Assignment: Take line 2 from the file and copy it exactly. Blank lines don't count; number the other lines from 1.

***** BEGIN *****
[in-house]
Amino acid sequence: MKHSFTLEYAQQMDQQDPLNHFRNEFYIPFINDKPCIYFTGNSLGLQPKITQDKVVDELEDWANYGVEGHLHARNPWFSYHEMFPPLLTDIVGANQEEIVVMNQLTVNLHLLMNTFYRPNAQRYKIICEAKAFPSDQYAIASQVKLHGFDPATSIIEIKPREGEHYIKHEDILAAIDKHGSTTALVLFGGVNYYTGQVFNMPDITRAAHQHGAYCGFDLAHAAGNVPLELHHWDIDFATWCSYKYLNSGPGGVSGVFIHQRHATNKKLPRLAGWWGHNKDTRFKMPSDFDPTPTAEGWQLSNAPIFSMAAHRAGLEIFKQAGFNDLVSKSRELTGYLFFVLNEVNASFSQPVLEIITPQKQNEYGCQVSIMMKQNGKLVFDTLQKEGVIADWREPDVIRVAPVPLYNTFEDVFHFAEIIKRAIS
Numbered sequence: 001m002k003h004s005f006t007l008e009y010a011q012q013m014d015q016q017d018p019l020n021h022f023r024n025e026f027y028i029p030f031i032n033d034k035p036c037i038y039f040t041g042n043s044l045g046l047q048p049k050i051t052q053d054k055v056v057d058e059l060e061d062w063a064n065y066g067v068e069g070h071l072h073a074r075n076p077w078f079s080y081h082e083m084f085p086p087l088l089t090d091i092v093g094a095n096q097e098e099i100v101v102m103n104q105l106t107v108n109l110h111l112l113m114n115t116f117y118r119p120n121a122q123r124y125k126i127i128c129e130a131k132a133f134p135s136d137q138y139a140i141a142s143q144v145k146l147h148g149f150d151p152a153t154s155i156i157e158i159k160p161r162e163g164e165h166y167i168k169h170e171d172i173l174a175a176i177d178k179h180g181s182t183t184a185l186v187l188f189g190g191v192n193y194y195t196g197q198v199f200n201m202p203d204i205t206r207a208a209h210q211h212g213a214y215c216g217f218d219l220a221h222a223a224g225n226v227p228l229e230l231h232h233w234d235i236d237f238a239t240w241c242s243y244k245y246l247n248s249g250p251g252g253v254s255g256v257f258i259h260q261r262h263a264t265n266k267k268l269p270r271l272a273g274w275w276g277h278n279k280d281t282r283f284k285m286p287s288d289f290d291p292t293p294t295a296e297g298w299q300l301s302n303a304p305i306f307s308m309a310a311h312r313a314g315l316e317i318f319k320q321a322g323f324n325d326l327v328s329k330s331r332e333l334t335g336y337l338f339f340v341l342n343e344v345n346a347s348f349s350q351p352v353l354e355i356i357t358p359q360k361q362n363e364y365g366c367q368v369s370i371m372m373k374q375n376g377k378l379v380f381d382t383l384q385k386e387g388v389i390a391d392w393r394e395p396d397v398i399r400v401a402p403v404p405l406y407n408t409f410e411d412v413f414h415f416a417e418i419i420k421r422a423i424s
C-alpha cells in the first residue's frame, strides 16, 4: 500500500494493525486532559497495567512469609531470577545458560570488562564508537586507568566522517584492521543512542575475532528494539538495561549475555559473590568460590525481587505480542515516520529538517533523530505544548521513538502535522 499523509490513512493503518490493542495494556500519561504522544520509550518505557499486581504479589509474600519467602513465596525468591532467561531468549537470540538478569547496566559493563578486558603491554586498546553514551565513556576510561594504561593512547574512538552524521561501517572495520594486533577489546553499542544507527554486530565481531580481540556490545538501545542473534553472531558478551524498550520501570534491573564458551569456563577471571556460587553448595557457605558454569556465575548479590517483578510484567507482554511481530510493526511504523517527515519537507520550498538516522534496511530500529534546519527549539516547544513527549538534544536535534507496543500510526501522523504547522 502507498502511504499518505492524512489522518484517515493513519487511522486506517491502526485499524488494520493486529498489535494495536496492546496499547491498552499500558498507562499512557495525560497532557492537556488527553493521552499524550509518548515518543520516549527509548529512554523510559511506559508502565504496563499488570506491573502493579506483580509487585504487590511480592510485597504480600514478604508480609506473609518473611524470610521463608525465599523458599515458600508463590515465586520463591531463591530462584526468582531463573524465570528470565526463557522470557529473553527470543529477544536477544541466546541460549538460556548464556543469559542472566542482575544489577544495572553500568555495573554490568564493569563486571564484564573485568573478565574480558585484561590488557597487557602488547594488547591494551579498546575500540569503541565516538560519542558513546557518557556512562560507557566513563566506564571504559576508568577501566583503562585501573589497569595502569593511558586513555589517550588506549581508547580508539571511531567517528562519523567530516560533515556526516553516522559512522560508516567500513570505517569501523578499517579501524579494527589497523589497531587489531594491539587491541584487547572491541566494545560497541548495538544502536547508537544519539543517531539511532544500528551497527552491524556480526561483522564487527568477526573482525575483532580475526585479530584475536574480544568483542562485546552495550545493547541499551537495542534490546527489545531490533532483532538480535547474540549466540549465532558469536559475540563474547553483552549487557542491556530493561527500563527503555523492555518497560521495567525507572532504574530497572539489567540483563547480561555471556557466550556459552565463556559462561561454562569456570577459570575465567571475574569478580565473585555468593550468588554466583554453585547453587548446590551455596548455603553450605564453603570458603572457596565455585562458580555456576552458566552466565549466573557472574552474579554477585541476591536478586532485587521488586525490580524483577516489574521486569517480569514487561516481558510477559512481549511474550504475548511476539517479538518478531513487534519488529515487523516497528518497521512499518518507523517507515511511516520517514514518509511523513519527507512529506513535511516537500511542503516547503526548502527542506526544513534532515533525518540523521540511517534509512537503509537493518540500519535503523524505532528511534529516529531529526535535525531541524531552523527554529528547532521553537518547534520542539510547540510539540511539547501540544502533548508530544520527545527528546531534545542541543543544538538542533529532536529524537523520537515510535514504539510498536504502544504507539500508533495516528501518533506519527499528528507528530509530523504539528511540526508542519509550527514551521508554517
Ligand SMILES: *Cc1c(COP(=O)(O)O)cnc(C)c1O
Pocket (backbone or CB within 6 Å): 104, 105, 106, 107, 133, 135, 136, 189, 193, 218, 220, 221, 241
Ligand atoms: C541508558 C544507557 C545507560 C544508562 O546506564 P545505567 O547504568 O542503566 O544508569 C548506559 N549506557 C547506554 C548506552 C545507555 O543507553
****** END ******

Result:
Amino acid sequence: MKHSFTLEYAQQMDQQDPLNHFRNEFYIPFINDKPCIYFTGNSLGLQPKITQDKVVDELEDWANYGVEGHLHARNPWFSYHEMFPPLLTDIVGANQEEIVVMNQLTVNLHLLMNTFYRPNAQRYKIICEAKAFPSDQYAIASQVKLHGFDPATSIIEIKPREGEHYIKHEDILAAIDKHGSTTALVLFGGVNYYTGQVFNMPDITRAAHQHGAYCGFDLAHAAGNVPLELHHWDIDFATWCSYKYLNSGPGGVSGVFIHQRHATNKKLPRLAGWWGHNKDTRFKMPSDFDPTPTAEGWQLSNAPIFSMAAHRAGLEIFKQAGFNDLVSKSRELTGYLFFVLNEVNASFSQPVLEIITPQKQNEYGCQVSIMMKQNGKLVFDTLQKEGVIADWREPDVIRVAPVPLYNTFEDVFHFAEIIKRAIS